The Corona crisis with its numerous challenges is costing the Bundesliga soccer teams dearly. Measured against the last three annual accounts, twelve of the future first division clubs rank below the line: because of some bright red numbers. The negative leader is Hertha BSC.
The pandemic years have eaten big holes in the pockets of the Bundesliga teams. While the balance sheets of the clubs were mostly quite decent until the outbreak of the corona virus in Wuhan, the past three years have left their mark on the club's coffers. The "Kicker" summarizes it with a look at the sum of the total balances after the end of the respective financial year 2019, 2020, 2021. These are unflattering, sometimes even devastating numbers for the 18 clubs in the Bundesliga.
Only six clubs appear in the statistics with a positive overall balance. In descending order, they are: Bayern Munich, TSG Hoffenheim, RB Leipzig, SC Freiburg, FC Augsburg and FSV Mainz 05. Twelve of the 18 clubs that will play in the Bundesliga next year have a negative overall balance. While this is still within limits for clubs like VfL Bochum with minus seven million euros, the losses of other clubs add up to enormous numbers.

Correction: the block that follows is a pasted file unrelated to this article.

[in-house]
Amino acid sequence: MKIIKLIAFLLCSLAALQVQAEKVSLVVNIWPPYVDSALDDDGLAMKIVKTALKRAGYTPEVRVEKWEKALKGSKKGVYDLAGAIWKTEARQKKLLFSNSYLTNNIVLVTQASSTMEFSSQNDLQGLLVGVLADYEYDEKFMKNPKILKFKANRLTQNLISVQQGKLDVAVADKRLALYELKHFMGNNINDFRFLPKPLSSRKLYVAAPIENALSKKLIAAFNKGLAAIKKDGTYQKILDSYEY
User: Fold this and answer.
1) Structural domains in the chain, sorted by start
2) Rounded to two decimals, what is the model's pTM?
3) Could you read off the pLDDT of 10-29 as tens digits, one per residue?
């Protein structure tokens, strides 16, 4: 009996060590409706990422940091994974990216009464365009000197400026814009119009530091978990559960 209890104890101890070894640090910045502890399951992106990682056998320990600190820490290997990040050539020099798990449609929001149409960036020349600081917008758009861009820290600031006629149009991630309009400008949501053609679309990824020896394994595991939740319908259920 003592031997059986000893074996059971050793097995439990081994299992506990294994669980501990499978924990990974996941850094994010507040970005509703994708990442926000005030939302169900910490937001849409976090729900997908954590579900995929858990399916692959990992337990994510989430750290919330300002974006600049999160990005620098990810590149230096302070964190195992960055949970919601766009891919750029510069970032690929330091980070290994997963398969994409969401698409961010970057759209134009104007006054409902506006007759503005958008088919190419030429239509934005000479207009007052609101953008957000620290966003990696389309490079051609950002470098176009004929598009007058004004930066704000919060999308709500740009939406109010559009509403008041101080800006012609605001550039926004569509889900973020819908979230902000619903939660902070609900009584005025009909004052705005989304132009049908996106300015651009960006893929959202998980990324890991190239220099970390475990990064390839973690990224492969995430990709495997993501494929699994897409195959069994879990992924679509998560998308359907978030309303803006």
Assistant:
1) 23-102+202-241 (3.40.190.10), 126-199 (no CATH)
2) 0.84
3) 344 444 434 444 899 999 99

The negative leader is the Windhorst club Hertha BSC with minus 157.393 million euros, followed at some distance by the Ruhr area clubs Borussia Dortmund (minus 99.372 million euros) and FC Schalke 04 (minus 93.088 million euros). VfL Wolfsburg also scratched losses in the three-digit million range with minus 83.635 million euros.
Borussia Dortmund managed the questionable feat of achieving a whopping minus result despite three seasons in the financially very comfortable Champions League. For the 2020/2021 season alone with the quarter-finals against Manchester City, the Bundesliga club had collected 81.3 million euros and thus improved the result. At its balance sheet press conference in August 2021, the club announced a total loss of 72.8 million euros for the 2020/2021 season. For the 2021/22 financial year, however, BVB is heading for a significant plus.
Hertha BSC, on the other hand, almost relegated in the current round, saves at least financially the commitment of investor Lars Windhorst and his Tennor Holding. Since joining in 2019, Windhorst has supported the club with around 375 million euros. "It's a partnership that puts us in a comparably good position and keeps us in a stable situation," said CFO Ingo Schiller at the digital Hertha general meeting in January - and a deficit of just for the 2020/2021 season announced of 78 million euros.